THOUGHTS ON THE DAILY DAF
brought to you by Kollel Iyun Hadaf of Har Nof
Rosh Kollel: Rav Mordecai Kornfeld
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BECHOROS 7-10 - Ari Kornfeld has generously sponsored the Dafyomi
publications for these Dafim for the benefit of Klal Yisrael.
1) THE EARTH OF ATHENS
AGADAH: Rebbi Yehoshua successfully triumphed over the Elders of Athens in
the debate, and he brought them to the Keisar (Caesar) in Rome as the Keisar
had requested. Rebbi Yehoshua brought with him dirt from Athens, as well as
a flask of the water of Bei Beli'ei.
2) SEPARATING A LAMB FOR "PIDYON PETER CHAMOR" OUT OF DOUBT
When he brought the Elders to the Keisar, they were humbled because they
were not in their own land. The Keisar did not believe that they were the
Elders of Athens. Rebbi Yehoshua took a handful of earth that he had brought
with him from Athens and threw it in front of the Elders. When they sensed
familiar surroundings, they immediately regained their composure and their
customary arrogance. The spoke brazenly to the Keisar, who authorized Rebbi
Yehoshua to do to them as he pleased.
It is clear from the account of the Gemara that a person feels humbled when
he is in a foreign place. We find this concept in the Gemara in Eruvin (61a)
as well, where the Gemara says that even an aggressive, vicious person tends
to act in a tame and humbled manner when he is not in his own land. "Even af
ter seven years, a dog will not bark in an unfamiliar place." People and
animals alike lose their aggressiveness when they are in a foreign
This also is the intent of Rebbi Ila'i in the Gemara in Moed Katan (17a) and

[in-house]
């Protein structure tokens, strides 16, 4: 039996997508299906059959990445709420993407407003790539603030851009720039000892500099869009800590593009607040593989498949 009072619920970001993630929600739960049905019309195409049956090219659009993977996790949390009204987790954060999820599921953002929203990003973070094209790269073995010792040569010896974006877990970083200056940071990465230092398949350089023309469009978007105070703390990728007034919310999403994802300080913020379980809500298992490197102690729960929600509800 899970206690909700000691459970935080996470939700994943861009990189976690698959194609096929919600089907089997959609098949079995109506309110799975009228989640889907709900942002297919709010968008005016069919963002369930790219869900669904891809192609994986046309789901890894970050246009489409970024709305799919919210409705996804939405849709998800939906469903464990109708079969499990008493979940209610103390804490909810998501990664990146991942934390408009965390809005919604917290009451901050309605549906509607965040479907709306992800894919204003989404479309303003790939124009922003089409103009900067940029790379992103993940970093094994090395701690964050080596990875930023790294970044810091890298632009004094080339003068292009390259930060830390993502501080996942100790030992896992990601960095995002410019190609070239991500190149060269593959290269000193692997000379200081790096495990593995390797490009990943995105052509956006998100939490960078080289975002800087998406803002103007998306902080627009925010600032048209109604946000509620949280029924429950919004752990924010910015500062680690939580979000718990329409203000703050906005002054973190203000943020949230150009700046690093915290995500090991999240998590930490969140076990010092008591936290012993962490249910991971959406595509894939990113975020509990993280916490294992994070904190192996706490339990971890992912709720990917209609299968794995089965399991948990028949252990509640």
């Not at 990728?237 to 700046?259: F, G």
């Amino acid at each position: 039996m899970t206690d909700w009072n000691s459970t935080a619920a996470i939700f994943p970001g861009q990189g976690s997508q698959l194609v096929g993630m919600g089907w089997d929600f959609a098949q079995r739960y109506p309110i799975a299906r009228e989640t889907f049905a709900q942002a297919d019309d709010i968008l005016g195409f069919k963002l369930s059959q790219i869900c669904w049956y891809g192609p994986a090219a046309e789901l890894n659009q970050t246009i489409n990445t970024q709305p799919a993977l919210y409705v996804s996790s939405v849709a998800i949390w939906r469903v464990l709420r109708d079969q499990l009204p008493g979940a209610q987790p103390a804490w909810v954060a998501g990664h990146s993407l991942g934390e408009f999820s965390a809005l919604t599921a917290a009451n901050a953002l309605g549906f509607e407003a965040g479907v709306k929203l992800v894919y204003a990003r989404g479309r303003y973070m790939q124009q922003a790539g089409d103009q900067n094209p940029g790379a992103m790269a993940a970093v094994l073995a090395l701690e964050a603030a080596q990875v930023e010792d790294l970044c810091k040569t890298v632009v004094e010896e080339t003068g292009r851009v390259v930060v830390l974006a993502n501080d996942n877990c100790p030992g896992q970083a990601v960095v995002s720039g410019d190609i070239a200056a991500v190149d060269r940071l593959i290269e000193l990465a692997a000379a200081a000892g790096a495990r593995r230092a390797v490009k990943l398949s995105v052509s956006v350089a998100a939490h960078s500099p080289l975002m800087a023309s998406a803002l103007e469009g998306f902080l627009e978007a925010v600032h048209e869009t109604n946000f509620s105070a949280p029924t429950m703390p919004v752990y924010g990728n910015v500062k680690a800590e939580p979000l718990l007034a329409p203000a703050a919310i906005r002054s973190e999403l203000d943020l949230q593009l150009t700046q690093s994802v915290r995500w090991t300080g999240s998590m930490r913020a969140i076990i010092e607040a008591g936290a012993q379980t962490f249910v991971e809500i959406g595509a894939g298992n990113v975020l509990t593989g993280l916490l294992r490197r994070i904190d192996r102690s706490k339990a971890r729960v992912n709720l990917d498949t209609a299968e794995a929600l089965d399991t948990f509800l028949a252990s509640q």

Chagigah (16a), who says that if a person sees that his Yetzer ha'Ra is
overcoming him, he should go to a place where nobody knows him, dress in
black clothing, wrap himself in black, and then do what his heart desires,
in order not to be Mechalel Shem Shamayim in public. RASHI explains that
Rebbi Ila'i is not giving permission to sin, but rather, he is saying that
when the potential sinner goes to a foreign place and dresses in black, he
will become humbled and his urge to sin will leave him.
With this principle, RAV YEHOSHUA LEIB DISKIN zt'l explains the words that
Hashem spoke through Moshe to Pharaoh, "If you do not send out My people, I
will send among you, your servants, and your people and in your houses wild
animals; the houses of Egypt will be full of the wild animals, and also the
ground on which they are" (Shemos 8:17). Why does Hashem say that the plague
of wild animals will affect "the ground on which they (the Egyptian people)
are"? Hashem already said that the plague of wild animals will affect all of
the houses and people of Egypt! To what additional aspect of the punishment
is this phrase alluding?
The Maharil Diskin answers this question based on the principle of the
Gemara here. The purpose of the plague of wild animals was to subject the
Egyptians to the attacks of the wild animals. If the natural ferocity of the
animals would be tempered due to their presence in a foreign environment,
then the purpose of the plague would not be achieved. Hashem therefore
declared that He would bring with the animals some of "the ground on which
they are" -- that is, the ground on which the *animals* live, referring to
earth from the native land of the animals! The animals would feel at home,
and they would fully exercise their natural tendencies of ferocity against
the Egyptians! (See also PANIM YAFOS, and RAV YONASAN EIBESHITZ in MIDRASH
QUESTION: The Mishnah says that when a donkey gives birth to both a female
and a male and we are unsure which was born first, the owner of the donkey
must separate a lamb as Pidyon Peter Chamor because of the possibility that
the male was born first. However, he is not required to give the lamb to a
Kohen, because it is also possible that the female was born first, and in
order for the Kohen to claim the lamb he must prove that the male was born
The Mishnah continues and says that when two female donkeys give birth at
the same time to either two females and one male or two females and two
males, "the Kohen gets nothing," because the females may have been born
first, one to each mother donkey.
Why, though, does the Mishnah not specify here as well that the owner must
separate a lamb for Pidyon Peter Chamor (out of doubt) and keep it for
himself? Perhaps one of the donkeys indeed gave birth to a male first!